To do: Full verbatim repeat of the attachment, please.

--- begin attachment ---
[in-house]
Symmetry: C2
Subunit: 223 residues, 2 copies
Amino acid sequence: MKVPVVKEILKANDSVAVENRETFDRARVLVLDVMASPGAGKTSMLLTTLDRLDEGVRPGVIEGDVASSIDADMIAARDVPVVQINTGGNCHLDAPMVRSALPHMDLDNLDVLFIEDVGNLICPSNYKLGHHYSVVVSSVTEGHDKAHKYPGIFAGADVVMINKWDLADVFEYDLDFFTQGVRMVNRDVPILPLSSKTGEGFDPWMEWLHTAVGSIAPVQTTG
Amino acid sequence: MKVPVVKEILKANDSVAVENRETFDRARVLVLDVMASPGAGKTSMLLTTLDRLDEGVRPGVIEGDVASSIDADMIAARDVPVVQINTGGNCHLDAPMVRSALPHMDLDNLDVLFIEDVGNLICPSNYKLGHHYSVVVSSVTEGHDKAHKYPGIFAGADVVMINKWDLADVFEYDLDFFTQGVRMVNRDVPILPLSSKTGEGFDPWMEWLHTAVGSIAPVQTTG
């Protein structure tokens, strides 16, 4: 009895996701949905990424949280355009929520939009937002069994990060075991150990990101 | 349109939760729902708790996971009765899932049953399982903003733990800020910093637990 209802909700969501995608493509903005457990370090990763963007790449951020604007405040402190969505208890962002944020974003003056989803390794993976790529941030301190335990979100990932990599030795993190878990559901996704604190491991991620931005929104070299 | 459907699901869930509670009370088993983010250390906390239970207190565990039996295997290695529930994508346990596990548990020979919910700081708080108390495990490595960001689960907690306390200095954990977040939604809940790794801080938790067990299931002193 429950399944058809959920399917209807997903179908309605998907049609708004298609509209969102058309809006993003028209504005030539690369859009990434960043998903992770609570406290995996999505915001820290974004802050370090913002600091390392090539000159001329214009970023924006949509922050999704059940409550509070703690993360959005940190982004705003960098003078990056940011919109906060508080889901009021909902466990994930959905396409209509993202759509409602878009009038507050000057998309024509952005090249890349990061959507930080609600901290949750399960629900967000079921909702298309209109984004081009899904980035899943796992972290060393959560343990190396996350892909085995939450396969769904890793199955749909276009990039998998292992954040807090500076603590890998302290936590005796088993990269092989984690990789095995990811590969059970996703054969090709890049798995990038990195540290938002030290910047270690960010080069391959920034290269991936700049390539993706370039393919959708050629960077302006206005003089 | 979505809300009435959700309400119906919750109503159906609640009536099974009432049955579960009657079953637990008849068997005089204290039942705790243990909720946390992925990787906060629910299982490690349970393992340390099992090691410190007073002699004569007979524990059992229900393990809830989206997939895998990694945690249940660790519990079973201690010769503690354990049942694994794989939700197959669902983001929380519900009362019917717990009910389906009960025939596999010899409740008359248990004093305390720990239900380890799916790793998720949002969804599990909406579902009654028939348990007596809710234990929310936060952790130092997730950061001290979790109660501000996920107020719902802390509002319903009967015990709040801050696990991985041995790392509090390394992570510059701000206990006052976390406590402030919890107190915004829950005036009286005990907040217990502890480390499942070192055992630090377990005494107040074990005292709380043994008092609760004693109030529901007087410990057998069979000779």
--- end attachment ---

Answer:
[in-house]
Symmetry: C2
Subunit: 223 residues, 2 copies
Amino acid sequence: MKVPVVKEILKANDSVAVENRETFDRARVLVLDVMASPGAGKTSMLLTTLDRLDEGVRPGVIEGDVASSIDADMIAARDVPVVQINTGGNCHLDAPMVRSALPHMDLDNLDVLFIEDVGNLICPSNYKLGHHYSVVVSSVTEGHDKAHKYPGIFAGADVVMINKWDLADVFEYDLDFFTQGVRMVNRDVPILPLSSKTGEGFDPWMEWLHTAVGSIAPVQTTG
Amino acid sequence: MKVPVVKEILKANDSVAVENRETFDRARVLVLDVMASPGAGKTSMLLTTLDRLDEGVRPGVIEGDVASSIDADMIAARDVPVVQINTGGNCHLDAPMVRSALPHMDLDNLDVLFIEDVGNLICPSNYKLGHHYSVVVSSVTEGHDKAHKYPGIFAGADVVMINKWDLADVFEYDLDFFTQGVRMVNRDVPILPLSSKTGEGFDPWMEWLHTAVGSIAPVQTTG
């Protein structure tokens, strides 16, 4: 009895996701949905990424949280355009929520939009937002069994990060075991150990990101 | 349109939760729902708790996971009765899932049953399982903003733990800020910093637990 209802909700969501995608493509903005457990370090990763963007790449951020604007405040402190969505208890962002944020974003003056989803390794993976790529941030301190335990979100990932990599030795993190878990559901996704604190491991991620931005929104070299 | 459907699901869930509670009370088993983010250390906390239970207190565990039996295997290695529930994508346990596990548990020979919910700081708080108390495990490595960001689960907690306390200095954990977040939604809940790794801080938790067990299931002193 429950399944058809959920399917209807997903179908309605998907049609708004298609509209969102058309809006993003028209504005030539690369859009990434960043998903992770609570406290995996999505915001820290974004802050370090913002600091390392090539000159001329214009970023924006949509922050999704059940409550509070703690993360959005940190982004705003960098003078990056940011919109906060508080889901009021909902466990994930959905396409209509993202759509409602878009009038507050000057998309024509952005090249890349990061959507930080609600901290949750399960629900967000079921909702298309209109984004081009899904980035899943796992972290060393959560343990190396996350892909085995939450396969769904890793199955749909276009990039998998292992954040807090500076603590890998302290936590005796088993990269092989984690990789095995990811590969059970996703054969090709890049798995990038990195540290938002030290910047270690960010080069391959920034290269991936700049390539993706370039393919959708050629960077302006206005003089 | 979505809300009435959700309400119906919750109503159906609640009536099974009432049955579960009657079953637990008849068997005089204290039942705790243990909720946390992925990787906060629910299982490690349970393992340390099992090691410190007073002699004569007979524990059992229900393990809830989206997939895998990694945690249940660790519990079973201690010769503690354990049942694994794989939700197959669902983001929380519900009362019917717990009910389906009960025939596999010899409740008359248990004093305390720990239900380890799916790793998720949002969804599990909406579902009654028939348990007596809710234990929310936060952790130092997730950061001290979790109660501000996920107020719902802390509002319903009967015990709040801050696990991985041995790392509090390394992570510059701000206990006052976390406590402030919890107190915004829950005036009286005990907040217990502890480390499942070192055992630090377990005494107040074990005292709380043994008092609760004693109030529901007087410990057998069979000779």